All that grass needs cutting, all that comfrey, that nettle, and weeds
Err where do I start? No not my hair, it's the grass that needs cutting!
We have a manual grass cutter. No electricity or petrol required, but physical labour. It's not the best, but it has served us well for four years. It was originally bought for the home garden, but has moved onto bigger pastures - Plot 11. While D got on with the manual grass cutting, I got on with the shearing. Down on my knees, cutting where the grass cutter could not: around the beds, around the pond and around the borders. One of my other jobs was also to collect the comfrey leaves as D wanted to make some liquid feed. Comfrey is really a weed, but for vegetable growers like myself it has many benefits. It provides veg growers with free liquid feed for plants, as it contains high levels of basic NPK nutrients. It is also a great compost activator.
Ds plot is covered with comfrey. I managed to collect loads, i couldn't tell you how much exactly, but it was a lot, but once compressed down into two small tubs by some bricks and my feet, it didn't look like much.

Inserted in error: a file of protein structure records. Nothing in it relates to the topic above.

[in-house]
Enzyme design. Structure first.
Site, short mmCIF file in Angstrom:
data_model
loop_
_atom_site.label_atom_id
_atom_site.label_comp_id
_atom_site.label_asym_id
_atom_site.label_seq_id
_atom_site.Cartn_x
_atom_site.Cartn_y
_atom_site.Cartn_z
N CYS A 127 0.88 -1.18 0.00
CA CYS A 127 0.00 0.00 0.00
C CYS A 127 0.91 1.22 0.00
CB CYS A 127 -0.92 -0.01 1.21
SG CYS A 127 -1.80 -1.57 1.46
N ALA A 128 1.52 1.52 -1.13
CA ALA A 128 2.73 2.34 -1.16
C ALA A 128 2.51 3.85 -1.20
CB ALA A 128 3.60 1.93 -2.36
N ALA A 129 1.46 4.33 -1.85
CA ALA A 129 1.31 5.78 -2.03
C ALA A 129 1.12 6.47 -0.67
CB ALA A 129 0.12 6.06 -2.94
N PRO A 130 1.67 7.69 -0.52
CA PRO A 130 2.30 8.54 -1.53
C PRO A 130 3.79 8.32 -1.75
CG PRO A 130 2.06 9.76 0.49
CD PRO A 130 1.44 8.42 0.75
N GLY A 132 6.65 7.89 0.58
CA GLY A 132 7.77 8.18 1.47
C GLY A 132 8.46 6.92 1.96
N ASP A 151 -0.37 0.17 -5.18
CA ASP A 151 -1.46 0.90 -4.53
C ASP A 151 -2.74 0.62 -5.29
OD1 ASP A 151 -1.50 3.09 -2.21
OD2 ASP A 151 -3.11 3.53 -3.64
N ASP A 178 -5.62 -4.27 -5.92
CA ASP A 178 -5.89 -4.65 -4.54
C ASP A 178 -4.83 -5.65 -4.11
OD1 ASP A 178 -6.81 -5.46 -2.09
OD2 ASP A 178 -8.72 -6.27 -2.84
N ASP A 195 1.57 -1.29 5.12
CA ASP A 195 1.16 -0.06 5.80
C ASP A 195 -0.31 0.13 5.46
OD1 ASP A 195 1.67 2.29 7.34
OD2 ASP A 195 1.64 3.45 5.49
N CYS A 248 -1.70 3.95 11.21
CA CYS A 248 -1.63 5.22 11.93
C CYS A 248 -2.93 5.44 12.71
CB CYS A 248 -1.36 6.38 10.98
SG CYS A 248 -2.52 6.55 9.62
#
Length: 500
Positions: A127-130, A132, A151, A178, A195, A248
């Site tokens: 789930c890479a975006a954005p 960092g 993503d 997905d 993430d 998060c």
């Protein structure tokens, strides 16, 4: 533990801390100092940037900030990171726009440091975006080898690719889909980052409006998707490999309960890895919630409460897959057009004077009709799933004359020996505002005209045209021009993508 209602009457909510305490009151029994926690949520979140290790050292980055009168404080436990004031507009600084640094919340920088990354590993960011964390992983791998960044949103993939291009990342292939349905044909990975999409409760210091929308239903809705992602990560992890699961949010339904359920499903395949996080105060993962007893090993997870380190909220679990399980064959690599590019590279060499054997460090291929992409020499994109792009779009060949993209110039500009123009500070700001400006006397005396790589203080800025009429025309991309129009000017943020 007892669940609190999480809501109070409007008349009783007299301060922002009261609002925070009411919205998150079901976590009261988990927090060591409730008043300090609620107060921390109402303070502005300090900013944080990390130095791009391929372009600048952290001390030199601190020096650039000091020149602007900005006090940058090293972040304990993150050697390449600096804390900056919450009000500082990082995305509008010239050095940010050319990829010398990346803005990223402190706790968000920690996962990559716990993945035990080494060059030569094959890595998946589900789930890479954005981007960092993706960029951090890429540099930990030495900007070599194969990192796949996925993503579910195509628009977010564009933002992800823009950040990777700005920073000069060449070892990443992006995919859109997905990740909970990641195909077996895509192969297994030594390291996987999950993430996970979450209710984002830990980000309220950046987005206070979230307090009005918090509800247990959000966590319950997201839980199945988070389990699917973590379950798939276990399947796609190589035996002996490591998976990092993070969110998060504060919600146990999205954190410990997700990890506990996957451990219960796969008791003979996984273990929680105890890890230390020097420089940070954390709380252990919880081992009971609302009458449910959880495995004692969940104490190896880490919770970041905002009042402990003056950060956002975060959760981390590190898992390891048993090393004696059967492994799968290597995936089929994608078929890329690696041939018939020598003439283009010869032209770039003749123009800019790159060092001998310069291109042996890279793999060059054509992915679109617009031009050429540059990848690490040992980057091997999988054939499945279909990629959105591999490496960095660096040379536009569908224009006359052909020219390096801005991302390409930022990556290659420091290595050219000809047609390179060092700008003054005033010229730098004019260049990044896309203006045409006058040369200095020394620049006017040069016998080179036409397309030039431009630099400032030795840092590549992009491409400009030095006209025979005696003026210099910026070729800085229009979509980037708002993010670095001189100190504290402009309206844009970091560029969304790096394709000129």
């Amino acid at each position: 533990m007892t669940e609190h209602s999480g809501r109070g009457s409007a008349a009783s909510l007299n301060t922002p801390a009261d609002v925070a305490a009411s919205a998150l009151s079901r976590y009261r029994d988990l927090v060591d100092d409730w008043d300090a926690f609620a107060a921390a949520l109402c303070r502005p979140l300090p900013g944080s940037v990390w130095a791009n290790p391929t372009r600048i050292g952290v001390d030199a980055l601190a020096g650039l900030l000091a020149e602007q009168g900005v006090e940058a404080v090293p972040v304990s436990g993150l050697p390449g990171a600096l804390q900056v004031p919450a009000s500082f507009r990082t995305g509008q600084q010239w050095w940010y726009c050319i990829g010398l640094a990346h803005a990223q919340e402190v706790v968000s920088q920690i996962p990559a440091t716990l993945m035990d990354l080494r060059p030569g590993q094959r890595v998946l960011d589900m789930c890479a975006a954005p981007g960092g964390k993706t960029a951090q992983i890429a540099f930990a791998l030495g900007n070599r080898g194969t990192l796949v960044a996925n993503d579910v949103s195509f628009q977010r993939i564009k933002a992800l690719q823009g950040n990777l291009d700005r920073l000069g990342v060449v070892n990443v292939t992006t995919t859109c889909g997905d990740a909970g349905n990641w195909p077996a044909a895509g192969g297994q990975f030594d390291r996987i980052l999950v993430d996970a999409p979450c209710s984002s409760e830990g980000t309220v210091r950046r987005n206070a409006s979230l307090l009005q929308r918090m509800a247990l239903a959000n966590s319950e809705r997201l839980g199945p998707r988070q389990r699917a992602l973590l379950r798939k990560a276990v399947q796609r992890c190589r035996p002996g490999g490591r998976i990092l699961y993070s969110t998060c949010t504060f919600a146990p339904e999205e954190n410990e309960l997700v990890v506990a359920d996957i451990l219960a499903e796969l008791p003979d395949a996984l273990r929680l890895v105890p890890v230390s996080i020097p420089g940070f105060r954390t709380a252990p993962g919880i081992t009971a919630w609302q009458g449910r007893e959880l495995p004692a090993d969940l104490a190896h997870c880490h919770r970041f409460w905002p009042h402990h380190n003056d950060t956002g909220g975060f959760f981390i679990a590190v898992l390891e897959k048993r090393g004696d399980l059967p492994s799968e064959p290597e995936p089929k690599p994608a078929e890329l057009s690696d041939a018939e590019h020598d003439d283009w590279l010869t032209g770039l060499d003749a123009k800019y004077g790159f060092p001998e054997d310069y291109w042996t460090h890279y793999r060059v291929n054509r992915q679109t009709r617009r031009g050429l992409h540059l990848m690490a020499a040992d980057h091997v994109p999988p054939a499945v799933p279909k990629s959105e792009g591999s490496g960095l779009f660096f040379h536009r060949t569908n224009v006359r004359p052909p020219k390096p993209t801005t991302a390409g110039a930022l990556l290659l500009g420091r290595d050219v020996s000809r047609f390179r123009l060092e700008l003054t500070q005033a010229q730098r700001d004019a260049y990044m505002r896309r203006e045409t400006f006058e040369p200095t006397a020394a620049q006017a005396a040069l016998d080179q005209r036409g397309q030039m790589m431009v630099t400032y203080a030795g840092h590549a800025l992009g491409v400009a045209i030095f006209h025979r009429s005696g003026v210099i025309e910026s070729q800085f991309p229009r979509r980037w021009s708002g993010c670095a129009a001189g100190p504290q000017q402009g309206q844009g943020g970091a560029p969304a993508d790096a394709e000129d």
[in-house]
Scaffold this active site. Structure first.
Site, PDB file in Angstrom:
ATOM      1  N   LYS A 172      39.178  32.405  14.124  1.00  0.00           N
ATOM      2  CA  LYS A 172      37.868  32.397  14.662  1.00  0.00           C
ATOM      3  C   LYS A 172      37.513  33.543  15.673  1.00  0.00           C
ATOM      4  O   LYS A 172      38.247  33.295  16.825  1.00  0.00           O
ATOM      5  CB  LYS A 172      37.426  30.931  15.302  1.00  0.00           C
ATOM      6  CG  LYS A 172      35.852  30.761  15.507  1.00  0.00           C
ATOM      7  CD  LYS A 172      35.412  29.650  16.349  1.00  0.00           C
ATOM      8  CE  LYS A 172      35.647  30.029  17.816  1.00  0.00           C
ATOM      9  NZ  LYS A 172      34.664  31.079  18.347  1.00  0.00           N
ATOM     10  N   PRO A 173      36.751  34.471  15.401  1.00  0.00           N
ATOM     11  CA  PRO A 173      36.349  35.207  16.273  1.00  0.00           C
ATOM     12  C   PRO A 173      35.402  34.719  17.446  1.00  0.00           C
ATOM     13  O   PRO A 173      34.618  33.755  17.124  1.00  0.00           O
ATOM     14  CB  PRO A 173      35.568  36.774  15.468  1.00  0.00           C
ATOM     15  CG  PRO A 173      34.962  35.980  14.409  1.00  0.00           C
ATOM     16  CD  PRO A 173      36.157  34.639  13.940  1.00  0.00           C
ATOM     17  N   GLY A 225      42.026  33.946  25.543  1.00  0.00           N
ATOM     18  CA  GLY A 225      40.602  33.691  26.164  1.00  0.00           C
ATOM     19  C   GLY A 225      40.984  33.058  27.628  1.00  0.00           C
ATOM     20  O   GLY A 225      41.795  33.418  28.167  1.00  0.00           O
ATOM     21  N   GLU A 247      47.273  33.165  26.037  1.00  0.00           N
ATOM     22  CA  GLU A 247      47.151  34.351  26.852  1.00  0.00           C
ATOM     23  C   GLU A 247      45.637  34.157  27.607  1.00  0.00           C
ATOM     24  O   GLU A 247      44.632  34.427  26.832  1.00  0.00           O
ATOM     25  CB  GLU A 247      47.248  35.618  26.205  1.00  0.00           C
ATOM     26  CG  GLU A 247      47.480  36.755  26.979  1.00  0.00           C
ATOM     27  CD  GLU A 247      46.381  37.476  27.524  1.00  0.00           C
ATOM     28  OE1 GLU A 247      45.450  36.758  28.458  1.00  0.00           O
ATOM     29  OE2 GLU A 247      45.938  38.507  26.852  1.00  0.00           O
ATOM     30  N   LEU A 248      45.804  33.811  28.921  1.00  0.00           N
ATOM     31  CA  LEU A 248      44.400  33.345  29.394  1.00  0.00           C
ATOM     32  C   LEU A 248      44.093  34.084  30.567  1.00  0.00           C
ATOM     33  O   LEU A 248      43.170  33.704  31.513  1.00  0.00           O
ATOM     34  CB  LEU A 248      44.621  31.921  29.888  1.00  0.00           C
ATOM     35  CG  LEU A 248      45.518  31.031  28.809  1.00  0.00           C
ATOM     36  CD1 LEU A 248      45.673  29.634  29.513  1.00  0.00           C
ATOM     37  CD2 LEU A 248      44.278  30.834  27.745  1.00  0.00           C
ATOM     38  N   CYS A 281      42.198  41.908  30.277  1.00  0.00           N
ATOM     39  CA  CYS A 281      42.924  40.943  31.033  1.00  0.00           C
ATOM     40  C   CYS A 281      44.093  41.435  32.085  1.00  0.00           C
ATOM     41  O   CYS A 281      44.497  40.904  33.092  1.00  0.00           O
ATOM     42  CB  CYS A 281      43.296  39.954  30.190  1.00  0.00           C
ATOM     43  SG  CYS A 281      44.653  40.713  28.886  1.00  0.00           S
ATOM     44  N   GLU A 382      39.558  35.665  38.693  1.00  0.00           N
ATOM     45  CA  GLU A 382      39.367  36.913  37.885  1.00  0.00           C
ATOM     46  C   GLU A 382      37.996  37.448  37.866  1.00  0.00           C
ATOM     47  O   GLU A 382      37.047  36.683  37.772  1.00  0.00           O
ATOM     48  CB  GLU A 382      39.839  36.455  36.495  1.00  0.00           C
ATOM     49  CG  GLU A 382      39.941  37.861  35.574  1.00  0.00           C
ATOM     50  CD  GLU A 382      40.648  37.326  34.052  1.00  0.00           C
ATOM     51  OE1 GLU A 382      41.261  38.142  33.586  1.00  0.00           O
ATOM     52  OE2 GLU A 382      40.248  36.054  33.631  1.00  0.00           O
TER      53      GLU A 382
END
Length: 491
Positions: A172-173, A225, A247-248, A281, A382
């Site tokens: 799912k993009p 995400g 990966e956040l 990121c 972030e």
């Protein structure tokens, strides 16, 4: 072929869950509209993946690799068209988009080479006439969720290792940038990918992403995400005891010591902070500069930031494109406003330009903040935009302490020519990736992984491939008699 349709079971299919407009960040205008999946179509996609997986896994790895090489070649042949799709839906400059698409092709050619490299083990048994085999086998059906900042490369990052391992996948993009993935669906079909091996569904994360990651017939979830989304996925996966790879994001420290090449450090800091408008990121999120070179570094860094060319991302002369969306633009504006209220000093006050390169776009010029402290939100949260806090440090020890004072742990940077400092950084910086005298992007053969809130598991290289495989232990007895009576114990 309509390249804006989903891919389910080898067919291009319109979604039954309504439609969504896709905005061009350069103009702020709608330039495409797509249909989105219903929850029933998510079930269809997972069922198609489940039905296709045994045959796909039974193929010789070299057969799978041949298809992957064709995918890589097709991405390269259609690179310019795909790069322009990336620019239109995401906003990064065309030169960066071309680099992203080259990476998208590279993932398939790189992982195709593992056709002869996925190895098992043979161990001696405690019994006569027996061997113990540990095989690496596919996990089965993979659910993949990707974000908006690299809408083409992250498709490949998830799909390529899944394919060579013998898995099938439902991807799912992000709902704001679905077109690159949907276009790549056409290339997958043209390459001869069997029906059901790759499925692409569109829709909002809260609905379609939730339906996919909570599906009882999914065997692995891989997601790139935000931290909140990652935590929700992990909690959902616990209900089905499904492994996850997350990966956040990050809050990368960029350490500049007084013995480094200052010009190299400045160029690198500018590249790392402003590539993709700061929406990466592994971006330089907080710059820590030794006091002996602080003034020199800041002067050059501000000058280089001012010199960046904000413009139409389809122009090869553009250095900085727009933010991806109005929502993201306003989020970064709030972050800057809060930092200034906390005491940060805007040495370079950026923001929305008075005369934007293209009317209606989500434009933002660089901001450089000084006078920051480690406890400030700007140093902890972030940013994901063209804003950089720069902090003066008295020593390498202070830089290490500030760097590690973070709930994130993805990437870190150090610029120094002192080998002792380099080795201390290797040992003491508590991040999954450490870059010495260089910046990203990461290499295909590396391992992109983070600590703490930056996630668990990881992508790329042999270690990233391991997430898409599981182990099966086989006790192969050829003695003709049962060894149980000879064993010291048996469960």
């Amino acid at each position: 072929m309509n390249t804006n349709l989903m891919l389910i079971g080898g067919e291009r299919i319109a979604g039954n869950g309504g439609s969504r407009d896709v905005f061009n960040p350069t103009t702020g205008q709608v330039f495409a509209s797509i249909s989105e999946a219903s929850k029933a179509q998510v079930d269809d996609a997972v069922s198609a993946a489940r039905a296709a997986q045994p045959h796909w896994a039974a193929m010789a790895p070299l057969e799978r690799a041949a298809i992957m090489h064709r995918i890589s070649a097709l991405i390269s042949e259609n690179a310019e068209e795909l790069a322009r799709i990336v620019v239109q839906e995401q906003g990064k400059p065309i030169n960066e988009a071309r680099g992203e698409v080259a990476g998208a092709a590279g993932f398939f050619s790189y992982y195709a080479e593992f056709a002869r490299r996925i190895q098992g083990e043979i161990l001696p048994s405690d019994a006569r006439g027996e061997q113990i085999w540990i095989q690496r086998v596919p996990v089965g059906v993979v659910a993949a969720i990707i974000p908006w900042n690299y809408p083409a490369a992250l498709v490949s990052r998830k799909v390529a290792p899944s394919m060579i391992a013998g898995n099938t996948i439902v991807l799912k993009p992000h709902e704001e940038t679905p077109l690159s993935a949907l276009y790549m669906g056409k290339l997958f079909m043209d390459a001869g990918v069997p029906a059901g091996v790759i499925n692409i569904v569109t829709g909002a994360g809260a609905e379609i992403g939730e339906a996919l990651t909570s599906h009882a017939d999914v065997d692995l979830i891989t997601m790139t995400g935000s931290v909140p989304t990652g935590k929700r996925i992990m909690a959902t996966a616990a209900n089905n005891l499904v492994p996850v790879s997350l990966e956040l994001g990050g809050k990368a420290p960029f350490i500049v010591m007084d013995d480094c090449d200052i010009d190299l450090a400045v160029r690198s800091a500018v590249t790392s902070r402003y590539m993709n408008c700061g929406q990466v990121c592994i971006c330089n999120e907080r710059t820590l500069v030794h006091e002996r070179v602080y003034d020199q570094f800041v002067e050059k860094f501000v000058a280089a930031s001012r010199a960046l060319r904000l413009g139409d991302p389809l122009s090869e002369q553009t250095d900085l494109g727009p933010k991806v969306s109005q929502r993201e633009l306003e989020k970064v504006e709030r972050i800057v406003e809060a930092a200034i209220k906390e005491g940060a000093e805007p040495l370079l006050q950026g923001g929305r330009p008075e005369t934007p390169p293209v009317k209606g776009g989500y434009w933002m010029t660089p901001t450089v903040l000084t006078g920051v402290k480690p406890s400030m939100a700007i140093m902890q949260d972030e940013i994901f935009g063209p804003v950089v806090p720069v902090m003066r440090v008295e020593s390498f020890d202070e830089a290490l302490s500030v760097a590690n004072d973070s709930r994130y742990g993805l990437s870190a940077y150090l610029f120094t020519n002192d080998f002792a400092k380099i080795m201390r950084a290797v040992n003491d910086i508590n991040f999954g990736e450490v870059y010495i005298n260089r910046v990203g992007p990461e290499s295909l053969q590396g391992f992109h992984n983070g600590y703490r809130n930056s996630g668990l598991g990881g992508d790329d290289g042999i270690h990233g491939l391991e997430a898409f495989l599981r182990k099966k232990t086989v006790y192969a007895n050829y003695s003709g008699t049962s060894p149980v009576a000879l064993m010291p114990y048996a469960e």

D then topped the crushed comfrey with some water and put a lid on it. Now it will ferment for a month or so, before it can be used on plants as food.
What a difference a haircut can make? Whilst clearing parts of Ds plot, especially a corner masked by nettle. As I chopped and pulled away the overgrown nettle, wearing thick gloves of course, I came across a good pile of natural compost - compost not made by D and me, but by nature. This was a corner, where D and me were throwing branches, twigs, dead wood, weeds and the such. It was never designed to create compost, just a dumping corner. But once again, nature has rewarded us well. This time with compost, that would have probably cost us about £10.00. We had to use a soil sifter, also known as a 'riddle' to remove some small stones and glass shards. Otherwise it was really good stuff. I shovelled it into two wheelbarrows, both without wheels that I have transformed into planters.